Economic model predictive control: optimality, robustness and distributed implementation

Matthias Müller

Universität Stuttgart, Institut für Systemtheorie und Regelungstechnik

Tuesday, January 23, 2018, 11:00

Room 02-012, Georges-Köhler Allee 102, Freiburg 79110, Germany

Model predictive control (MPC) is an optimization-based control technology, which has found successful application in many different industrial fields. It consists of repeatedly solving a finite horizon optimal control problem and then applying the first part of the solution to the considered system.

The main advantages of MPC and the reasons for its widespread success are that (i) satisfaction of hard input and state constraints for the closed-loop system can be guaranteed, (ii) optimization of some performance criterion is directly incorporated in the controller design, and (iii) it can be applied to nonlinear systems with possibly multiple inputs.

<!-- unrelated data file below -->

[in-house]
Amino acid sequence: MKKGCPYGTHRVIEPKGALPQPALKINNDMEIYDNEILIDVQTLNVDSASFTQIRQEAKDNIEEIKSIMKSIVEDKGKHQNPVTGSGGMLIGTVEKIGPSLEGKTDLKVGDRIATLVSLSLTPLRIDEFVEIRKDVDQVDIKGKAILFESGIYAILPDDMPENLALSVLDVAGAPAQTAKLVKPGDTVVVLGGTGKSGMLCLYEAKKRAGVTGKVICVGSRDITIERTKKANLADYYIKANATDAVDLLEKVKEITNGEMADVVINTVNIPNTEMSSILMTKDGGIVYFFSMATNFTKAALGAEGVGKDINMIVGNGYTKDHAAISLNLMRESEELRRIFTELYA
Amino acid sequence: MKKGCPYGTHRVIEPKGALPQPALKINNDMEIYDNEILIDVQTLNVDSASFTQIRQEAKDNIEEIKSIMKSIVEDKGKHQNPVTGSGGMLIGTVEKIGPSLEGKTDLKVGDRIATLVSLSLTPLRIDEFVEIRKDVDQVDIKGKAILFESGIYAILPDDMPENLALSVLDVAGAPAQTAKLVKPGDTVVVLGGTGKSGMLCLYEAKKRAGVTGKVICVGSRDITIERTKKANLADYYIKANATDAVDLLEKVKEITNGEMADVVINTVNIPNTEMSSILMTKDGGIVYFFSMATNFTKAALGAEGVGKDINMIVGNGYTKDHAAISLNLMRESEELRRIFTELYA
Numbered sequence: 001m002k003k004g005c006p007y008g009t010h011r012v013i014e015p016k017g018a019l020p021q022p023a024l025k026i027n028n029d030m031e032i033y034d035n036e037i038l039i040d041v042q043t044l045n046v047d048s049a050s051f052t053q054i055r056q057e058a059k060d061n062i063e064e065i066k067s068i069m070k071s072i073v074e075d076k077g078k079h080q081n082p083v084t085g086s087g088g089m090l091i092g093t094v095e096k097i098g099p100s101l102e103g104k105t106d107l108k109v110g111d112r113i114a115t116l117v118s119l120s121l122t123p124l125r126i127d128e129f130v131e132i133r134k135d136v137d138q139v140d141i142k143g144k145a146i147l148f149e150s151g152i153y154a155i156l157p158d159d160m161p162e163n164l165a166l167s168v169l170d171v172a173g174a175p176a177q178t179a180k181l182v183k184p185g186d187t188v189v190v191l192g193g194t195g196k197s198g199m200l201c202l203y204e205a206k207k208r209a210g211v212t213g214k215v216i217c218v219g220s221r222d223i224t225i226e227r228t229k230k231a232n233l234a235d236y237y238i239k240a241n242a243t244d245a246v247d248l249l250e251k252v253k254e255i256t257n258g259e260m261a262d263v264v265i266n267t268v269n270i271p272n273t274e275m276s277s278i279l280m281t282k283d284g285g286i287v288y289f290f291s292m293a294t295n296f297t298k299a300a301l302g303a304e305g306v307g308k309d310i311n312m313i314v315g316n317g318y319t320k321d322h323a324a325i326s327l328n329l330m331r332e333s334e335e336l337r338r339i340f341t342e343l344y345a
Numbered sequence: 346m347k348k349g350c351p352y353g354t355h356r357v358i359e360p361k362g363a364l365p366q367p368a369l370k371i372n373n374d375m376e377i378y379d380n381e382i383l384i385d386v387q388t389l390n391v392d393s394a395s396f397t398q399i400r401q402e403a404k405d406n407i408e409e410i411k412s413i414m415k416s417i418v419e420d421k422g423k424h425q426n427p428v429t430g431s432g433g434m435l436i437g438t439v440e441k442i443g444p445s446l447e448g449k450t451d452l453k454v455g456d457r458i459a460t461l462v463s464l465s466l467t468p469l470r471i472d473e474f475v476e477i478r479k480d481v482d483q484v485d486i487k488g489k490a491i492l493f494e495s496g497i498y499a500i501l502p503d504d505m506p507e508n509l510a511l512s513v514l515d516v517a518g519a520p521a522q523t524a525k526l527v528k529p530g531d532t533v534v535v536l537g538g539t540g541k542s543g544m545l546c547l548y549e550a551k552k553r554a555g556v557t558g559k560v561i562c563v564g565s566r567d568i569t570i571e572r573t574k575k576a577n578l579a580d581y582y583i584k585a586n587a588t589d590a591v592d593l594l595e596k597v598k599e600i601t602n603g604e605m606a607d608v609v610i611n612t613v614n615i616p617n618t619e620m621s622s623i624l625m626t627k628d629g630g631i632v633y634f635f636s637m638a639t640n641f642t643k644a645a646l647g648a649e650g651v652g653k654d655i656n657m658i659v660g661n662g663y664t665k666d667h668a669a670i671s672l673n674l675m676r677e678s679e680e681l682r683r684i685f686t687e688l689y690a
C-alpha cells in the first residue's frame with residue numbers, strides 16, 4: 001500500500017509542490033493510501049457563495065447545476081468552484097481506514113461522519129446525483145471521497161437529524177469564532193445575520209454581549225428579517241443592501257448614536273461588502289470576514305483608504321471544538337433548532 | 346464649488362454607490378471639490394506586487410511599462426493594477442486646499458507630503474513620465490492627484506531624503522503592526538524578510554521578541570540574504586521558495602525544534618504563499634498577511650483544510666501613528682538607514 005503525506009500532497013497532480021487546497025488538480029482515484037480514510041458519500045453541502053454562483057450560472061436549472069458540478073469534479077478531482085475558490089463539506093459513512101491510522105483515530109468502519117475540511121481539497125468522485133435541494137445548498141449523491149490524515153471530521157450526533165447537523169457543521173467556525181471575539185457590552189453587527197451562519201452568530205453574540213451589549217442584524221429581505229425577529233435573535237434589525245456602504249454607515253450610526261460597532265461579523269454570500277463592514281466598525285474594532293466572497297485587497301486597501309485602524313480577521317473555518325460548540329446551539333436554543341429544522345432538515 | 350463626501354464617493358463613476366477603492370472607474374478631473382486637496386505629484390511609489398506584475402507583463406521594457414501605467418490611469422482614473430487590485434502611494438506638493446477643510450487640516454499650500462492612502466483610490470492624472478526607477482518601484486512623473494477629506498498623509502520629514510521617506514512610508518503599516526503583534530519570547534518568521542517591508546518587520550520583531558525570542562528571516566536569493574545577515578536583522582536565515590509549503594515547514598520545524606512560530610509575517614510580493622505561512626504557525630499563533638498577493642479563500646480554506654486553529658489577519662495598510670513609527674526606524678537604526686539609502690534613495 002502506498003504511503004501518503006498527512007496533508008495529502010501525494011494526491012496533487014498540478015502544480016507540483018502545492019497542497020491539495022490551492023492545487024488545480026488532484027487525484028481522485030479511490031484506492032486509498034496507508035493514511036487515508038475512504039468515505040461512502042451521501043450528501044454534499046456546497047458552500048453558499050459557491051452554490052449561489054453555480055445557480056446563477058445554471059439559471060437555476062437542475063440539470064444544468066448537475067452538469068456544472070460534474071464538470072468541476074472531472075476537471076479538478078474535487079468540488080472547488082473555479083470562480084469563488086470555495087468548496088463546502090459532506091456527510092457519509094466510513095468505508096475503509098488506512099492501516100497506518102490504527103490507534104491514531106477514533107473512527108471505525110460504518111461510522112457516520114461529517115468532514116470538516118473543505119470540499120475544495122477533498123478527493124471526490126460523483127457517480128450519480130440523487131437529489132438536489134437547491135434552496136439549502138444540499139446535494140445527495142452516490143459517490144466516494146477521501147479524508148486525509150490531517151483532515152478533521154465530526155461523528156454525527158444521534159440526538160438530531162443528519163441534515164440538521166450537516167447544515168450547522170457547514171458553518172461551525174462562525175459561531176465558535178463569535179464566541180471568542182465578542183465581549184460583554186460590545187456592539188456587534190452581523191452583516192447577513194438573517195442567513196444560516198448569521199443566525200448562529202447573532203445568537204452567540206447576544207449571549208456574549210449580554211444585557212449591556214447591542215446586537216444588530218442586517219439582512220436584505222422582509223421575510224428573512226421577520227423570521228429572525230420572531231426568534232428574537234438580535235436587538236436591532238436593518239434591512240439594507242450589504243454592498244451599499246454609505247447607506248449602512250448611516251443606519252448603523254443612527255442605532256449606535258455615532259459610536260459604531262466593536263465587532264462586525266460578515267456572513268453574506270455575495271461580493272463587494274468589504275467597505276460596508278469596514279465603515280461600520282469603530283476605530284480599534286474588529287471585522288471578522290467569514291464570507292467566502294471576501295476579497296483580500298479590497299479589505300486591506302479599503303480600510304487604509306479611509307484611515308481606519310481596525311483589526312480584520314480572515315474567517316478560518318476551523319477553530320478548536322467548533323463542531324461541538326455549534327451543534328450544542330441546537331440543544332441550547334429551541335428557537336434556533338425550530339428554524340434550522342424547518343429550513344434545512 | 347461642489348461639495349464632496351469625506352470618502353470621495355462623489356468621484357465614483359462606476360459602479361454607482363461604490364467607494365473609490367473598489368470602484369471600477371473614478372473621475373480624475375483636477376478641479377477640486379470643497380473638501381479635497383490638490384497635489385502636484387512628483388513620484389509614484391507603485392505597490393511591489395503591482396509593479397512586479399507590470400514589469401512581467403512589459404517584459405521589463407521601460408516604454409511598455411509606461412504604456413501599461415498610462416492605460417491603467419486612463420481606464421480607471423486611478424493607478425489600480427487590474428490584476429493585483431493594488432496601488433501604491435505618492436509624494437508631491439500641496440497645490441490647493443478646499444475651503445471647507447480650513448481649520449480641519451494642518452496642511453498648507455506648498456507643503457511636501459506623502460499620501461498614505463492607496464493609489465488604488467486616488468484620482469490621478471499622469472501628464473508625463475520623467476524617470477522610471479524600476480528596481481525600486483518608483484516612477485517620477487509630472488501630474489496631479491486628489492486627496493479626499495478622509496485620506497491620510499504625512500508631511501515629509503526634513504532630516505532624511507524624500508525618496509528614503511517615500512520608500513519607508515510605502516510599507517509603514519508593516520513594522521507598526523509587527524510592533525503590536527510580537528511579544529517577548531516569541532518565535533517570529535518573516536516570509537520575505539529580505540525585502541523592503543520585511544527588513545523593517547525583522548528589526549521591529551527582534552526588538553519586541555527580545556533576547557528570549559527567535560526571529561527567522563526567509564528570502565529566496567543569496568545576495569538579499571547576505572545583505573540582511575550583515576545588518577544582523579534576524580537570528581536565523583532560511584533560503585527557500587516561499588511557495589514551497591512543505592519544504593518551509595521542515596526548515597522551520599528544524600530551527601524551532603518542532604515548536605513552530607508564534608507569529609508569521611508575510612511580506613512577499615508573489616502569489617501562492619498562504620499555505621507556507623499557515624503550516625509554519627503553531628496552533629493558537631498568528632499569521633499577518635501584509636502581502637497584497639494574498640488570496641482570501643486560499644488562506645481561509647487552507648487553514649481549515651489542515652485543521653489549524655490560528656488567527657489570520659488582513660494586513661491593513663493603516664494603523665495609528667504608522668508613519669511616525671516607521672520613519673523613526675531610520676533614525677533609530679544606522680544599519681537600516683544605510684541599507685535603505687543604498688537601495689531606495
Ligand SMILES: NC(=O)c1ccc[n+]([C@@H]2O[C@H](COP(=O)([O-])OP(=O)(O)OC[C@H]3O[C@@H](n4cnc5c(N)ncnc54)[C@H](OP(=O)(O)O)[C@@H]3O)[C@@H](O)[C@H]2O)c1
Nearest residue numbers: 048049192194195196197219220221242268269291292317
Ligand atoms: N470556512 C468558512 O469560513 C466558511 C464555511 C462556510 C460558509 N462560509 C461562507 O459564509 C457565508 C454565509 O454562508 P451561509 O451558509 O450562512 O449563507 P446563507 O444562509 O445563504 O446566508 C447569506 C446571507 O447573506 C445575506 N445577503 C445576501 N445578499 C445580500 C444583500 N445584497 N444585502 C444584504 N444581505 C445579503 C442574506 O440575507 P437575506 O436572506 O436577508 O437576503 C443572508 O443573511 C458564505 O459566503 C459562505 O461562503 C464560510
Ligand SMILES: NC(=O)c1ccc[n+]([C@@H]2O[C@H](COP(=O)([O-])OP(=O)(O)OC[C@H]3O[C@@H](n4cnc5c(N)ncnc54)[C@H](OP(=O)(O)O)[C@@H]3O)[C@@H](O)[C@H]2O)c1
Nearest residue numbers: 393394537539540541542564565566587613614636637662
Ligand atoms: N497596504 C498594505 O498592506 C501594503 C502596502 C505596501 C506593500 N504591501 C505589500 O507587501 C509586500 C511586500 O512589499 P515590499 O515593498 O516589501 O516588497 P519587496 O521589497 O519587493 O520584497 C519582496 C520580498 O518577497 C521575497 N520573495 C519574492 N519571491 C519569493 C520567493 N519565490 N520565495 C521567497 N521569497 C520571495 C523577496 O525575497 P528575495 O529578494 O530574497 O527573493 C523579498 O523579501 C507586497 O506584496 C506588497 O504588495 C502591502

In this talk, we focus on some recent developments in the field, so called economic MPC schemes. Here, in contrast to the classical control objective of stabilization, a more general performance criterion is considered which is possibly related to the economics of the considered system. In this case, the optimal operating behavior might not be stationary, but can be more complex (e.g. periodic).

We present conditions that guarantee both closed-loop performance bounds and convergence to the optimal operating behavior. Furthermore, we discuss the development of economic MPC schemes for uncertain systems as well as different relevant aspects for a distributed implementation in the context of large-scale systems.